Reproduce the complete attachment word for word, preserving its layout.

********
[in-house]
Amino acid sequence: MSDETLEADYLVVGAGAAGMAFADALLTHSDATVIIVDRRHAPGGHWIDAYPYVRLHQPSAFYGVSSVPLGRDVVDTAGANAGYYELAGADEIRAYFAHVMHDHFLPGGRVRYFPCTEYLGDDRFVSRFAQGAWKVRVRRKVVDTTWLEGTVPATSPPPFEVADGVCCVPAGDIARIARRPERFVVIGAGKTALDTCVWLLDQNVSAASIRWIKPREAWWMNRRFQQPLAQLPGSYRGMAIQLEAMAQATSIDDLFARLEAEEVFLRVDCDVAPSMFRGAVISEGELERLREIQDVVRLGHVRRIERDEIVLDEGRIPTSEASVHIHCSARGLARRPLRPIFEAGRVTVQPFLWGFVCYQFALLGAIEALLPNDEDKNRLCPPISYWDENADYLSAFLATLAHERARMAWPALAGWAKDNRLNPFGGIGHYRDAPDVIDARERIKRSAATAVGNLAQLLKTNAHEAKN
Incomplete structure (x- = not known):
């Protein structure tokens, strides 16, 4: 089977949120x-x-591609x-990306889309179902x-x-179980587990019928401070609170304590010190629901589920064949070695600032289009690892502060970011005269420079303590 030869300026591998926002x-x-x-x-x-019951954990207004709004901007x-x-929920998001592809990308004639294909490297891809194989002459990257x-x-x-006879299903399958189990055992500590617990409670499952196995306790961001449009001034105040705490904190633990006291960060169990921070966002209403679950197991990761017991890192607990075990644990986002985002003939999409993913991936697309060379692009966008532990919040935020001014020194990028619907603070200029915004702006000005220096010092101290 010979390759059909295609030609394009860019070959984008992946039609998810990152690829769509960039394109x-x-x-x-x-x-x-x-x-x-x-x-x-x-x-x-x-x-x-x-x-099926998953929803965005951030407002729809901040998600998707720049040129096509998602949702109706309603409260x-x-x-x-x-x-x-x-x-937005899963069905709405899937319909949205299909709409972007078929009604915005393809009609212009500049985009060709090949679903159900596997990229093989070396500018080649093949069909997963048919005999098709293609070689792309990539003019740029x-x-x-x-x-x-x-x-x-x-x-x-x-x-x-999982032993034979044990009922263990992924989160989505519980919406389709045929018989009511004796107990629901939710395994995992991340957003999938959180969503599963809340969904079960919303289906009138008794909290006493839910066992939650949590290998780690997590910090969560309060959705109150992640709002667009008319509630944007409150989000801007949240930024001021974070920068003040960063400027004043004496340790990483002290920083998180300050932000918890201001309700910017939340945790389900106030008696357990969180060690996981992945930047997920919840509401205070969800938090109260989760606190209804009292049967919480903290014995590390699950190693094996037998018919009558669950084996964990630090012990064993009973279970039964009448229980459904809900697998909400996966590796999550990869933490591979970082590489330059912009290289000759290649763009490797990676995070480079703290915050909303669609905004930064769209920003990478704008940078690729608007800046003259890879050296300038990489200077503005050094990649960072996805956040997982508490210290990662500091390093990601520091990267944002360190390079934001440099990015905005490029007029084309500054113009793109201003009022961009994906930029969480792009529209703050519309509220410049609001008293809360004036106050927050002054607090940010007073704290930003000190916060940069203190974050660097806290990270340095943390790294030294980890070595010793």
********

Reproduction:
[in-house]
Amino acid sequence: MSDETLEADYLVVGAGAAGMAFADALLTHSDATVIIVDRRHAPGGHWIDAYPYVRLHQPSAFYGVSSVPLGRDVVDTAGANAGYYELAGADEIRAYFAHVMHDHFLPGGRVRYFPCTEYLGDDRFVSRFAQGAWKVRVRRKVVDTTWLEGTVPATSPPPFEVADGVCCVPAGDIARIARRPERFVVIGAGKTALDTCVWLLDQNVSAASIRWIKPREAWWMNRRFQQPLAQLPGSYRGMAIQLEAMAQATSIDDLFARLEAEEVFLRVDCDVAPSMFRGAVISEGELERLREIQDVVRLGHVRRIERDEIVLDEGRIPTSEASVHIHCSARGLARRPLRPIFEAGRVTVQPFLWGFVCYQFALLGAIEALLPNDEDKNRLCPPISYWDENADYLSAFLATLAHERARMAWPALAGWAKDNRLNPFGGIGHYRDAPDVIDARERIKRSAATAVGNLAQLLKTNAHEAKN
Incomplete structure (x- = not known):
């Protein structure tokens, strides 16, 4: 089977949120x-x-591609x-990306889309179902x-x-179980587990019928401070609170304590010190629901589920064949070695600032289009690892502060970011005269420079303590 030869300026591998926002x-x-x-x-x-019951954990207004709004901007x-x-929920998001592809990308004639294909490297891809194989002459990257x-x-x-006879299903399958189990055992500590617990409670499952196995306790961001449009001034105040705490904190633990006291960060169990921070966002209403679950197991990761017991890192607990075990644990986002985002003939999409993913991936697309060379692009966008532990919040935020001014020194990028619907603070200029915004702006000005220096010092101290 010979390759059909295609030609394009860019070959984008992946039609998810990152690829769509960039394109x-x-x-x-x-x-x-x-x-x-x-x-x-x-x-x-x-x-x-x-x-099926998953929803965005951030407002729809901040998600998707720049040129096509998602949702109706309603409260x-x-x-x-x-x-x-x-x-937005899963069905709405899937319909949205299909709409972007078929009604915005393809009609212009500049985009060709090949679903159900596997990229093989070396500018080649093949069909997963048919005999098709293609070689792309990539003019740029x-x-x-x-x-x-x-x-x-x-x-x-x-x-x-999982032993034979044990009922263990992924989160989505519980919406389709045929018989009511004796107990629901939710395994995992991340957003999938959180969503599963809340969904079960919303289906009138008794909290006493839910066992939650949590290998780690997590910090969560309060959705109150992640709002667009008319509630944007409150989000801007949240930024001021974070920068003040960063400027004043004496340790990483002290920083998180300050932000918890201001309700910017939340945790389900106030008696357990969180060690996981992945930047997920919840509401205070969800938090109260989760606190209804009292049967919480903290014995590390699950190693094996037998018919009558669950084996964990630090012990064993009973279970039964009448229980459904809900697998909400996966590796999550990869933490591979970082590489330059912009290289000759290649763009490797990676995070480079703290915050909303669609905004930064769209920003990478704008940078690729608007800046003259890879050296300038990489200077503005050094990649960072996805956040997982508490210290990662500091390093990601520091990267944002360190390079934001440099990015905005490029007029084309500054113009793109201003009022961009994906930029969480792009529209703050519309509220410049609001008293809360004036106050927050002054607090940010007073704290930003000190916060940069203190974050660097806290990270340095943390790294030294980890070595010793």